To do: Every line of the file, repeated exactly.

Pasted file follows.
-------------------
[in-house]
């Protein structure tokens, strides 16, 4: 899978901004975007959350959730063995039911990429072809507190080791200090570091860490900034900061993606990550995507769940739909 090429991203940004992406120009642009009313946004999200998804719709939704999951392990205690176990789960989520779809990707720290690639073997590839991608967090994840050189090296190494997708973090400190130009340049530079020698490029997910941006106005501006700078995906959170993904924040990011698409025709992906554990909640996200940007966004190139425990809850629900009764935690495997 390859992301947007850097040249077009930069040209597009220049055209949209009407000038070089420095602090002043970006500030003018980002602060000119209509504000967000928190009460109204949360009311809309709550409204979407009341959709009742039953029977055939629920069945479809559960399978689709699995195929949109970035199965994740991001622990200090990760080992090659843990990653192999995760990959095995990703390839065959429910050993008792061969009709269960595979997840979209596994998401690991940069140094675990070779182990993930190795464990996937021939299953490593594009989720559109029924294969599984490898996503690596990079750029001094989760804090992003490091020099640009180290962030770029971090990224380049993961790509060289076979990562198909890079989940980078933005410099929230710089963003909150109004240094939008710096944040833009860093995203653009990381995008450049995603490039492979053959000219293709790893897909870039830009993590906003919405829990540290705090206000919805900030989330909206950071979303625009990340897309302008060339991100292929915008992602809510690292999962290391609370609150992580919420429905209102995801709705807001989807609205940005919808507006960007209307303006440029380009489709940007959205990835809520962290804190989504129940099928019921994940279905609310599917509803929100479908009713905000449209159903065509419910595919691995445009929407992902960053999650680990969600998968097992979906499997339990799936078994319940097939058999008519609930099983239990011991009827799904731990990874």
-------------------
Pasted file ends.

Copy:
[in-house]
């Protein structure tokens, strides 16, 4: 899978901004975007959350959730063995039911990429072809507190080791200090570091860490900034900061993606990550995507769940739909 090429991203940004992406120009642009009313946004999200998804719709939704999951392990205690176990789960989520779809990707720290690639073997590839991608967090994840050189090296190494997708973090400190130009340049530079020698490029997910941006106005501006700078995906959170993904924040990011698409025709992906554990909640996200940007966004190139425990809850629900009764935690495997 390859992301947007850097040249077009930069040209597009220049055209949209009407000038070089420095602090002043970006500030003018980002602060000119209509504000967000928190009460109204949360009311809309709550409204979407009341959709009742039953029977055939629920069945479809559960399978689709699995195929949109970035199965994740991001622990200090990760080992090659843990990653192999995760990959095995990703390839065959429910050993008792061969009709269960595979997840979209596994998401690991940069140094675990070779182990993930190795464990996937021939299953490593594009989720559109029924294969599984490898996503690596990079750029001094989760804090992003490091020099640009180290962030770029971090990224380049993961790509060289076979990562198909890079989940980078933005410099929230710089963003909150109004240094939008710096944040833009860093995203653009990381995008450049995603490039492979053959000219293709790893897909870039830009993590906003919405829990540290705090206000919805900030989330909206950071979303625009990340897309302008060339991100292929915008992602809510690292999962290391609370609150992580919420429905209102995801709705807001989807609205940005919808507006960007209307303006440029380009489709940007959205990835809520962290804190989504129940099928019921994940279905609310599917509803929100479908009713905000449209159903065509419910595919691995445009929407992902960053999650680990969600998968097992979906499997339990799936078994319940097939058999008519609930099983239990011991009827799904731990990874």